I was hanging out with a friend today. She is getting ready to take a teacher training course and is a bit nervous about if she is strong enough. I pointed out to her how yoga teacher trainings are just like yoga classes, everyone is at a different level on each asana (posture). We tell everyone that this is not a competition, to move at your own pace. The same holds true in a teacher training class.
Would it help to be in great shape before you went? Of corse, it always helps to be in great shape.
Many people take yoga teacher trainings just to make their own practice stronger, to get in a rhythm with doing yoga every day, to become more disciplined, or/and to improve their health.
Someone that is a yoga instructor replied to my friends comment about not being strong enough. She said she had a strong yoga routine before she took the teacher training. She said to me, “Well you probably did too.” My reply was, “I didn’t. I went to the ashram a week early just to give my body time to warm up to the rigor of two times a day yoga. Even now I do not do a full yoga routine on a regular basis. I incorporate yoga into my life daily, a few stretches here a couple asanas there. Before I go to bed I lay on my yoga ball and do a five minute routine. My goal is to do a full routine at least three times a week but I have found it does not always happen the way I want.”
Later that day my friend, who also has been to my last three yoga classes, said how much she likes the class. “It’s fun and I like the time you allow for being quiet, you don’t talk all the time. I also liked what you said about how there is room for all skill levels to take the teacher training.”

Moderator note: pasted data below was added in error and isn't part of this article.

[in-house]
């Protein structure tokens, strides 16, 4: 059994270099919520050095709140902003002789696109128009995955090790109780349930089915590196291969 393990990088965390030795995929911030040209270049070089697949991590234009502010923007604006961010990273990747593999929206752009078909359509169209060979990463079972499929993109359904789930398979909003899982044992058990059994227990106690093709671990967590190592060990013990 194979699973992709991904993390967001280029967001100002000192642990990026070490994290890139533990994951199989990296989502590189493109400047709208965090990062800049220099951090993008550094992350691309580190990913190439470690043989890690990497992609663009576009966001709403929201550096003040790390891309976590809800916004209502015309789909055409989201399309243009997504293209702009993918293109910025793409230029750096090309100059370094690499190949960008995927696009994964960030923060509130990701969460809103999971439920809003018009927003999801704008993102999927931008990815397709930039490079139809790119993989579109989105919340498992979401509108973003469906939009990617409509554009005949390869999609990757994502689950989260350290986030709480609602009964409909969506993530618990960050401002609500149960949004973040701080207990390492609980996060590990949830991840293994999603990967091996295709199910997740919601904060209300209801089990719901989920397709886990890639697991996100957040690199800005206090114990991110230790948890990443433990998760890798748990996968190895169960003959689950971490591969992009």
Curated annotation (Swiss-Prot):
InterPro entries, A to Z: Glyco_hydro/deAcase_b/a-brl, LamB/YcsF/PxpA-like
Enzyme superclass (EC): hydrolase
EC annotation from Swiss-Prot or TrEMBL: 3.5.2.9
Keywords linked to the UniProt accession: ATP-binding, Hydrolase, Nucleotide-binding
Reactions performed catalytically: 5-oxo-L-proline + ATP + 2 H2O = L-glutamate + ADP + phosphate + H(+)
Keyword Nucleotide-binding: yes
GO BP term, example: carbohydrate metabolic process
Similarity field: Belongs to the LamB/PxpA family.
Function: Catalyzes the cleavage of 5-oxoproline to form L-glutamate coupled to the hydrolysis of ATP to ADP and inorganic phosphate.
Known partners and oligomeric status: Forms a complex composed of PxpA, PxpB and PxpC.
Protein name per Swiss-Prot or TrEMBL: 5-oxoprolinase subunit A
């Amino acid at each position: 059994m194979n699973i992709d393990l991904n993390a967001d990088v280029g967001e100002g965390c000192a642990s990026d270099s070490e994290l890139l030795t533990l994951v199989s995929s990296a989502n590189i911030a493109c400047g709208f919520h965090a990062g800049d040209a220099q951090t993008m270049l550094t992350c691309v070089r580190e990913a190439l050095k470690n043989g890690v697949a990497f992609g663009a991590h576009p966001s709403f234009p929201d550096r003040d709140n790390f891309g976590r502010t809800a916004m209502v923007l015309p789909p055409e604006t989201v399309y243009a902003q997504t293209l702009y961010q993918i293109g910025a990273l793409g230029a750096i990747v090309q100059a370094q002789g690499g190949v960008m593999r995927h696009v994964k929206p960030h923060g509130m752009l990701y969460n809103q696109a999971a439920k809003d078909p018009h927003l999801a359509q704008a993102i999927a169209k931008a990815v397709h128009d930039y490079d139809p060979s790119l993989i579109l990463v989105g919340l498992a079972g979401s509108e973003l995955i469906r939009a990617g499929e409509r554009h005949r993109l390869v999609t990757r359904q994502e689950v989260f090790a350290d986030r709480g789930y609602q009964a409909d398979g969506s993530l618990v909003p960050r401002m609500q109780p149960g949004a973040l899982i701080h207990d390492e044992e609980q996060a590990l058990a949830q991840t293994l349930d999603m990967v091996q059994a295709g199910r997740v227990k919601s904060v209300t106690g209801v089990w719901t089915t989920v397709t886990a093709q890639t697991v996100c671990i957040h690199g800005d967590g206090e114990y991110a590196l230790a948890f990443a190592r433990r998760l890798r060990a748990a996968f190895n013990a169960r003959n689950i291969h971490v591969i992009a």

She went on to point out what I felt was a good analogy. Here it is rewritten from her words to my take on it.
Ever notice how people caught up in a busy corporate life try to get away from that lifestyle so they switch it up dramatically by taking a yoga teacher training course. They start up their classes and run the classes just like they are still running their corporate world. They make sure they have the proper yoga attire. Their classes are very ridged, very controlled, for example they might make sure they teach everyone how to be in perfect alignment. They come from the corporate world, take a yoga teacher training and turn their yoga practice into the same ridged corporate world they ran from. They forget to lighten up, play, have fun.
I hope I don’t offend anyone. I am not saying anything is wrong with this. In fact there is a place in the yoga world for all types of teachers and classes. Someone might come into a more playful yoga and there mind just can’t wrap around it. They need the discipline offered in this style class. That’s what is so great about a teacher putting her heart and soul into her classes, we get to play for an hour or two in their yoga world.
Here’s how I describe a moment of fun in a yoga class: While doing sun salutations, we call the sun into our hands and send the energy down to our feet. Then we spread the suns warm energy across our mats when we go into plank. When we touch our knees, chest and chin on mat with our bottoms in the air, we rock our pelvis from right to left in a playful way, really stretching our lower spine. I like to use the masculine energy to go into an asana. Once in place I like to move the body a bit further by using the feminine energy to wiggle gently, stretching in places you don’t normally reach by just holding the asana. It feels playful.
“I want to dance like a river, move like the wind, play like a child, breath like I just got a massage.”
Yoga is all this and more.